Daily Bridge Club

Sim­ple Satur­day

The Saratogian (Saratoga, NY) - - CLASSIFIED - By FRANK STE­WART

“Sim­ple Satur­day” col­umns fo­cus on im­prov­ing ba­sic tech­nique and log­i­cal think­ing.

Ev­ery player makes mis­takes. Some are tech­ni­cal, some mis­judg­ments, some sim­ply aber­ra­tions. But any mis­take should be a les­son on its way to be­ing learned.

Against to­day’s 3NT, West led a low di­a­mond, and South let East’s jack win and also ducked the re­turn of the queen. South won the third di­a­mond and let the nine of clubs ride. East took the king and led a heart, but South had nine tricks: a spade, a di­a­mond, three hearts and four clubs.

Was a mis­take made?

West can see that to set up his di­a­monds is fu­tile; he has no en­try to cash them. At Trick Two, he must over­take East’s queen with his king and shift to the ten of spades.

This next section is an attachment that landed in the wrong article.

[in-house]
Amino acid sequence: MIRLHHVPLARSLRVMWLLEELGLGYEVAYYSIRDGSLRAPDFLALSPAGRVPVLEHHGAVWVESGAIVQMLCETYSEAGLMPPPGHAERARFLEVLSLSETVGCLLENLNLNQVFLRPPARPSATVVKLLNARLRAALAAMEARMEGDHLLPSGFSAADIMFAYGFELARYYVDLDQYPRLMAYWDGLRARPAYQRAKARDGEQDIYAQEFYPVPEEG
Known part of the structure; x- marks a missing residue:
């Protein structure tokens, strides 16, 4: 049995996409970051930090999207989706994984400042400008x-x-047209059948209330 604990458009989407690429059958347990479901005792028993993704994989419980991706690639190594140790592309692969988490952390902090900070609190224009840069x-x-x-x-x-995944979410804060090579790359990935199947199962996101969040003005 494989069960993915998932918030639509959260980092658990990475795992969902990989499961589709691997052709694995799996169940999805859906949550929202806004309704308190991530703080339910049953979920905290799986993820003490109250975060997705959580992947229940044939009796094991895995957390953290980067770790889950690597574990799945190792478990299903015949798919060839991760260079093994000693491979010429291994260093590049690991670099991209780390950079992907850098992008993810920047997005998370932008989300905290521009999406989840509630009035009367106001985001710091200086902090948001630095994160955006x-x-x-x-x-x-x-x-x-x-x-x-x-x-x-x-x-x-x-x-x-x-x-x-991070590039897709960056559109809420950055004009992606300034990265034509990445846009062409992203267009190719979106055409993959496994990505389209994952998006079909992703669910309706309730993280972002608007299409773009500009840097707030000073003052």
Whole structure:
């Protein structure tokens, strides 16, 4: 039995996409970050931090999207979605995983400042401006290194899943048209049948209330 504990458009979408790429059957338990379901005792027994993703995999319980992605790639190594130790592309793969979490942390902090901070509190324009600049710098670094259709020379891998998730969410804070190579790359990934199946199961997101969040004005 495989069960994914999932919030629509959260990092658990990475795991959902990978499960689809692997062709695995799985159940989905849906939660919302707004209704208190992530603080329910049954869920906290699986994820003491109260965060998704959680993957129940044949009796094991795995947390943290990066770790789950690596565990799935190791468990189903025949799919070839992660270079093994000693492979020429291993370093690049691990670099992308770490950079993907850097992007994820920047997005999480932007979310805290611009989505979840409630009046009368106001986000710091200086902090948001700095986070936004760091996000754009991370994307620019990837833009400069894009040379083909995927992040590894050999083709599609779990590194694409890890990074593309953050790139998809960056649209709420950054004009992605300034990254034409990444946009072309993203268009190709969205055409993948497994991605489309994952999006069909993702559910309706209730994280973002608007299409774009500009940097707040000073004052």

That de­fense makes a two-trick dif­fer­ence: East gets three spades plus his king of clubs. It’s true that West may place South with a high card in spades for his 2NT re­sponse, but the spade shift is still West’s best chance to beat the con­tract.


Youhold: KQ43 642 Q J 4 K 8 3. Your part­ner opens one heart, you bid one spade and he


raises to two spades. What do you say?

AN­SWER: This case is close. If part­ner has a sound sin­gle raise with four-card sup­port, you might make a game. Still, your pat­tern is flat, your heart hold­ing is the worst and the value of your mi­nor-suit honors is ques­tion­able. Pass if not vul­ner­a­ble. If vul­ner­a­ble, with more to gain by scor­ing game, you might try 2NT. North dealer N-S vul­ner­a­ble

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